Who knew that sometimes a museum educator has to be a detective? Last year, Johna, our Family Programs Manager came to me and said “I really want the museum to be yarn bombed. Can I look into how to make that happen?” My response: “Why not?”
For some of you, your first question might have been “What on earth is yarn bombing?” Wikipedia, source of so much knowledge defines it as “a type of graffiti or street art that employs colorful displays of knitted or crocheted yarn or fiber rather than paint or chalk.” It’s a rather recent phenomenon, with the earliest recorded yarn bombing in 2004 in the Netherlands. Here in Dallas, one of the earliest projects was at the Lakewood Library, which just happens to be my branch library. I had certainly noticed when the lamp posts got colorful and was thrilled that my neighborhood was hip. Since then, the Dallas Yarn Bombers have also done installations at the Arts District in conjunction with the musical Hair and at the brand-new Klyde Warren Park.
So, Johna started asking around. And asking around. She was pointed in different directions. No one was talking. However, one name kept popping up—The Shabby Sheep, the yarn store on Boll Street, near downtown. Johna went back to the store and had a long conversation with the owner. Johna told me she felt like she was being tested, but evidently she passed, and we got the name of the head yarn bomber in Dallas. But we’re not sharing all the secrets of yarn bombing, so we’ll leave it at that.
From there, it all moved very quickly. The yarn bombers said “yes, we’d love to tackle the Village” in late January—the bombing was installed on March 9 and will be taken down on April 27. Though they may be defined as graffiti artists, these are the most organized artists I’ve ever worked with. Areas of the museum were assigned, projects detailed, lamp posts and hitching posts counted. We gave free admission to anyone who was working on the project and needed to check the Village out for inspiration or just basic measurements. We are also beneficiaries of their previous projects, as several items have been reused at the Village. Installation weekend was miserable—cold and rainy, but we still had over 30 people of all ages come out to attach knitted creations to trees, headstones, swings, wagons, pumps, porch columns, and more.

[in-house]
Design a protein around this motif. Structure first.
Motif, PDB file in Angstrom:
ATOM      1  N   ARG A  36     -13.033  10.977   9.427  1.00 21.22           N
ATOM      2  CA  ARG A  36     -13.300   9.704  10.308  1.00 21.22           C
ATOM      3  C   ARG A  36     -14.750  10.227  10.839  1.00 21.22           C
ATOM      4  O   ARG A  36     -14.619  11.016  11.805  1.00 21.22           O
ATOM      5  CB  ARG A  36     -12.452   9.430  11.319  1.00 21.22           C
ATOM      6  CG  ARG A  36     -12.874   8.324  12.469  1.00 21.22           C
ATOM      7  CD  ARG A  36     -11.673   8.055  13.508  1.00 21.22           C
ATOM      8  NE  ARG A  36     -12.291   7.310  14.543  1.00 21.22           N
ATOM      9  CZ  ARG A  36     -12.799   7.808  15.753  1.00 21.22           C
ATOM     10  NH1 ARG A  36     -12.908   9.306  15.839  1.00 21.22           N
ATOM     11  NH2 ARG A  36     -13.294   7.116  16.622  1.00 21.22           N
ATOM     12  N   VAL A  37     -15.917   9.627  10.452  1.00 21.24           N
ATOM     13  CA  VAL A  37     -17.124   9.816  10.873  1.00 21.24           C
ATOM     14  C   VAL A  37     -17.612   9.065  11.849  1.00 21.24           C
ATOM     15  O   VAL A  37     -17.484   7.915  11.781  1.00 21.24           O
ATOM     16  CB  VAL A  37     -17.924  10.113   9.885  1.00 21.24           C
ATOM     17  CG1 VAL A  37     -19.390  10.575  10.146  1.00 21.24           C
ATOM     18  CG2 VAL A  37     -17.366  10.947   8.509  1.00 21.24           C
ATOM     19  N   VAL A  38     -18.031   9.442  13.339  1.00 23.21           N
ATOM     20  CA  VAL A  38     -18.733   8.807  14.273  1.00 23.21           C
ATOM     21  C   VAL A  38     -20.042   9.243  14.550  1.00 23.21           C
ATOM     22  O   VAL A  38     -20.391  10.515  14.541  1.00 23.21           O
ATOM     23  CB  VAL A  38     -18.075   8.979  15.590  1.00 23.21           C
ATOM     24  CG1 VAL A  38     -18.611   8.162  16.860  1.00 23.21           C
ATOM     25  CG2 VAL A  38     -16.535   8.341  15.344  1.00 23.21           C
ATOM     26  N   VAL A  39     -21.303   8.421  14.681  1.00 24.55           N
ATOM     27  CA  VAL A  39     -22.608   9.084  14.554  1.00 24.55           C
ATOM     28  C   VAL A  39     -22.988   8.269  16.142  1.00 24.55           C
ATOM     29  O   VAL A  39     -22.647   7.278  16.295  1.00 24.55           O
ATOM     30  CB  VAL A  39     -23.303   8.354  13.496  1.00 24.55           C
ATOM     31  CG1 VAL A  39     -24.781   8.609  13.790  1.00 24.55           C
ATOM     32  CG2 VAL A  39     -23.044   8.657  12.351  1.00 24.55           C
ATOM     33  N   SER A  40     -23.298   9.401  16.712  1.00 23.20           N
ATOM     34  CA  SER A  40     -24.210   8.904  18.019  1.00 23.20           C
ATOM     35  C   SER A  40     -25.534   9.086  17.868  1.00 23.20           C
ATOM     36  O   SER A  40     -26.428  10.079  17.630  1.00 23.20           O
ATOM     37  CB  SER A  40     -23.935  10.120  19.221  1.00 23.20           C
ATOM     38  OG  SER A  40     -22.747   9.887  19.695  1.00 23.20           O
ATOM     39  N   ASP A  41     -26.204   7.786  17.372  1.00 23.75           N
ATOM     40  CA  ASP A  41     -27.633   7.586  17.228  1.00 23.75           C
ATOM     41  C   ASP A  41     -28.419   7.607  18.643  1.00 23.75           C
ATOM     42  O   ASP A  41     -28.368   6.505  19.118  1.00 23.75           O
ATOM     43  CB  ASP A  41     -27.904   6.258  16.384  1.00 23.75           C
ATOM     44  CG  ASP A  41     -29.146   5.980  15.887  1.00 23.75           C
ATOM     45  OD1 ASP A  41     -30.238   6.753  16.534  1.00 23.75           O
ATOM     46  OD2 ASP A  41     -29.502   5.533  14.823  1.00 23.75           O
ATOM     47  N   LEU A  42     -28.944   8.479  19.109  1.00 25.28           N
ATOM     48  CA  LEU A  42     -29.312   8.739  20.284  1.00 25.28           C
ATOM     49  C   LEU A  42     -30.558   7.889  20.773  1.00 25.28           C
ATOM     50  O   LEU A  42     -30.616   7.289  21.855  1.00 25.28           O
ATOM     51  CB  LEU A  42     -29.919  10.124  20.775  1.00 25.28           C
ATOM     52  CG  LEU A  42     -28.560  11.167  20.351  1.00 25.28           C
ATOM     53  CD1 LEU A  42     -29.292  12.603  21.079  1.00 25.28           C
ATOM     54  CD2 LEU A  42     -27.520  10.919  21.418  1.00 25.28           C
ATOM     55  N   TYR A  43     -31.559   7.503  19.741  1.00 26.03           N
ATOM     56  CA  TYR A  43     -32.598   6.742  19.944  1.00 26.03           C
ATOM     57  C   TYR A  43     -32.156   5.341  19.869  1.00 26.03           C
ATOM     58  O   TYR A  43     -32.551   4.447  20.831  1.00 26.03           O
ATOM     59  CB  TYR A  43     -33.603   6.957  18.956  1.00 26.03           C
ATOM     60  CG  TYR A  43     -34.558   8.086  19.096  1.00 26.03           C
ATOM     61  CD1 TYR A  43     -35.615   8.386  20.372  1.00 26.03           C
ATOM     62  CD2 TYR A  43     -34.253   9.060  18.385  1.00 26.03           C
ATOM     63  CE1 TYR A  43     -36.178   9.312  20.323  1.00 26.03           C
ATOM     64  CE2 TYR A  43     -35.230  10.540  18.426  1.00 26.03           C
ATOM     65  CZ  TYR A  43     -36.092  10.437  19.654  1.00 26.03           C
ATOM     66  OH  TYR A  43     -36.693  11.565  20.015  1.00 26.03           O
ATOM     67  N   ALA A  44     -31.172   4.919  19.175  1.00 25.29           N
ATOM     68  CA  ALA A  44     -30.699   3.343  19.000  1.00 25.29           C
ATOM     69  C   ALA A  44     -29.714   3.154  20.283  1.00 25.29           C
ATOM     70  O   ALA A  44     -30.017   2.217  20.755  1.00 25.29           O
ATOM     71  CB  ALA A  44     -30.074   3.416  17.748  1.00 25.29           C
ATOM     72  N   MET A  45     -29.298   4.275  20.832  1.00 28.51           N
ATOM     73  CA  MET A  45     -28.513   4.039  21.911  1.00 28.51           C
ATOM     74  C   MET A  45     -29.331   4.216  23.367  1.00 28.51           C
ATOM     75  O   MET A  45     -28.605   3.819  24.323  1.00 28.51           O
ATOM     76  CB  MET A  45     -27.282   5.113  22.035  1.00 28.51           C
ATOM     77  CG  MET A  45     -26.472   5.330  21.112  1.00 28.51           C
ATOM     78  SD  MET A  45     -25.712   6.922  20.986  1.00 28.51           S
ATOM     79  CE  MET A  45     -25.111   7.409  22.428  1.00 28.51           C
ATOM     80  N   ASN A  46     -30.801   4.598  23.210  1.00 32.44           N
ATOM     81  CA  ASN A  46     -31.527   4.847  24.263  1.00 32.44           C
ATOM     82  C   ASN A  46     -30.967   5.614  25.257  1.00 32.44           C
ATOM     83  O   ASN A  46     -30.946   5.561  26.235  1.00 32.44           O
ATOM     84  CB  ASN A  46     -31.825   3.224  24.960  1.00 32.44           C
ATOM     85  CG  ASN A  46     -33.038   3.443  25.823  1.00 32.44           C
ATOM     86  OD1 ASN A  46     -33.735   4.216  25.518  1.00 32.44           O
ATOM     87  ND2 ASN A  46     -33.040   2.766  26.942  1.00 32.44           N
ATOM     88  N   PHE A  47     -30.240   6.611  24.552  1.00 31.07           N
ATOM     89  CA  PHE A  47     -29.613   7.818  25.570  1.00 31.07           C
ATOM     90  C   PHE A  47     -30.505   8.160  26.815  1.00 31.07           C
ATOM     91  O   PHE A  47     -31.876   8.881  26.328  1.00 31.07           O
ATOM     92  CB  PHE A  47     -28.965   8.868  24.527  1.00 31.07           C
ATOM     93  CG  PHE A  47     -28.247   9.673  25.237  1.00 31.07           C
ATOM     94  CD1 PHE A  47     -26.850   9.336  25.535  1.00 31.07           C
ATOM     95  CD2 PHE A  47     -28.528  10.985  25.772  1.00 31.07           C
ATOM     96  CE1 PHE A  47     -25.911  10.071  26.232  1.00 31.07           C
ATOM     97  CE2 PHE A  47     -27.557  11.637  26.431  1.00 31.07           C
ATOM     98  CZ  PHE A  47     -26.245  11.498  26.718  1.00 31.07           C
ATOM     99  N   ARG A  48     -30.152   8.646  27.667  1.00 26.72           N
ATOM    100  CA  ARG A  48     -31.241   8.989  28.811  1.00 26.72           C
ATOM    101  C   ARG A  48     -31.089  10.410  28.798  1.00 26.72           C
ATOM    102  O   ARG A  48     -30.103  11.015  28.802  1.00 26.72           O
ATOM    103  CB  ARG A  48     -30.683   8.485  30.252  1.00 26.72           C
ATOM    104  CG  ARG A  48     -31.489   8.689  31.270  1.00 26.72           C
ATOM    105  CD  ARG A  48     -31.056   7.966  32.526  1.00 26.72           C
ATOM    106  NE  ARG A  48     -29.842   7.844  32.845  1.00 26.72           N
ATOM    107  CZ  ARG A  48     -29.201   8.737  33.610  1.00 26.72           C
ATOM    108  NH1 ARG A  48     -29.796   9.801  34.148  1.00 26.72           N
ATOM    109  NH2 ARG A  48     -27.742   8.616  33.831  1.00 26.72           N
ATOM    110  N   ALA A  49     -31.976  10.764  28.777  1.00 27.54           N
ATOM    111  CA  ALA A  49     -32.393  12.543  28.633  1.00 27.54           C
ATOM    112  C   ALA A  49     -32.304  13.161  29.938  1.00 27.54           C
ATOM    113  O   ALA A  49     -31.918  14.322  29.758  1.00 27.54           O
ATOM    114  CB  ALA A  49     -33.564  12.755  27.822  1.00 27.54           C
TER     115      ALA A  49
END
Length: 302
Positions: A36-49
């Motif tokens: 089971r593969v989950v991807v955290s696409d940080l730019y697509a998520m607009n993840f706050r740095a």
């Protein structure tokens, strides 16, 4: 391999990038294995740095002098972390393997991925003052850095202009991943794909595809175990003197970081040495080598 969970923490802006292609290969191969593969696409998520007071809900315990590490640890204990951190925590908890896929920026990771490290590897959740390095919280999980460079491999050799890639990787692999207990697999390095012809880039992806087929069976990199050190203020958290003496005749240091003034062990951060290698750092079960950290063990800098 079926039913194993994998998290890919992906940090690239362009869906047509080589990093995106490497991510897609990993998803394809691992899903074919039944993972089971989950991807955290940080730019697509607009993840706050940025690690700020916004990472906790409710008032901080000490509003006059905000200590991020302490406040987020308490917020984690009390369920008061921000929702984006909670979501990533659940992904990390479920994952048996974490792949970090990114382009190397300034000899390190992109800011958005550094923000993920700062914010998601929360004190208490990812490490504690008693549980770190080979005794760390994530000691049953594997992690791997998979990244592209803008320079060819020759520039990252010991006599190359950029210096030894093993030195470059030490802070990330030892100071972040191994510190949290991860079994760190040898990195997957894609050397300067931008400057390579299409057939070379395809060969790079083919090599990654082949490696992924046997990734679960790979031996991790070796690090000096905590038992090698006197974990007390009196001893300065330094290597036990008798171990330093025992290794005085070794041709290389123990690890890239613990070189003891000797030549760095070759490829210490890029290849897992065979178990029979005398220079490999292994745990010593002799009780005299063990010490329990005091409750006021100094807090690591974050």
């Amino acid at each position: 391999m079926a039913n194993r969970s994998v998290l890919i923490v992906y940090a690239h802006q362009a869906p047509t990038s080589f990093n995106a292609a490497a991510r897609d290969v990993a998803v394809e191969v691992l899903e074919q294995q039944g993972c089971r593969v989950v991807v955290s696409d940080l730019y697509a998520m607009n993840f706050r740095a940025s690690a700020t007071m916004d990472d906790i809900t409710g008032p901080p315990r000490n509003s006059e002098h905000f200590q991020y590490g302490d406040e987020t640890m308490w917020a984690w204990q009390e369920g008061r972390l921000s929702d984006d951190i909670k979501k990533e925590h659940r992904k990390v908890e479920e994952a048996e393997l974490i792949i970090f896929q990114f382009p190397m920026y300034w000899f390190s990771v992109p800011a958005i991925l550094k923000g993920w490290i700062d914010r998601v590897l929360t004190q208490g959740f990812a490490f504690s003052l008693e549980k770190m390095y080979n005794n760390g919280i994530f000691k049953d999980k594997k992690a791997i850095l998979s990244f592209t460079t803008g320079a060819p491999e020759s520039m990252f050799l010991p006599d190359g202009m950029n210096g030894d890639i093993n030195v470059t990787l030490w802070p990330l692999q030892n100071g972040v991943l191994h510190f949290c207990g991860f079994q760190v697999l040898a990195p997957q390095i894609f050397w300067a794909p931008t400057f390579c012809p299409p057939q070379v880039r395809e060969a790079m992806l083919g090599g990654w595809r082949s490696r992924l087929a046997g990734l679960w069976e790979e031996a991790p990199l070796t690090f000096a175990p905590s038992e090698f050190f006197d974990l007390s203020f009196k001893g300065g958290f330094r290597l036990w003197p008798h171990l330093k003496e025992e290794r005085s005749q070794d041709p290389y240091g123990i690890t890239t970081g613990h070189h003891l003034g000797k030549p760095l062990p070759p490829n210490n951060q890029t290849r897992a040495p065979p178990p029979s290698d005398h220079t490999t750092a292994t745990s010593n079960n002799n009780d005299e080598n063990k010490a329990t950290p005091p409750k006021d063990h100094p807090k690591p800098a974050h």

There are so many delightful details that continue to surprise us. For example, I was back at the farmstead last weekend and noticed some critters I hadn’t noticed before. And the bombing has been up for over a month!
Visitors really are enjoying themselves—I’ve never seen anyone stop to take a picture with one of our fire hydrants before. There are colors everywhere, and it has brought a wonderful sense of fun to the Village.
Not that we haven’t had our share of questions and concerns about this project. A bride’s mother hesitantly asked me how long the yarn bombing would be up, and there was an audible sigh of relief when I told her. She then quickly apologized and said “Not that it isn’t great, it’s just. . .” We get it—that why there’s not a lot of yarn on Main Street or the fountain (even though the fountain would have looked super cool!). Another group of volunteers asked us how exactly yarn bombing was historically accurate. Our response: it’s a very old skill, being done in a modern way.
They continued to question, since everything they do must be period correct. Our response: this is temporary. It will come down. Though it’s certainly not historically accurate to have column covers on the porch at the Farmstead, it sure looks cool—and isn’t doing any damage to the building.
Every now and then, an opportunity for an “outside-of-the-box” partnership comes up. Sometimes the idea comes from the outside, such as the time a group of artists approached us to host the first Aurora art event in 2010. Sometimes it comes internally, such as our current yarn-bombing adventure. We can’t always say yes, but we always think carefully about such partnerships and we’re certainly willing to take a few risks.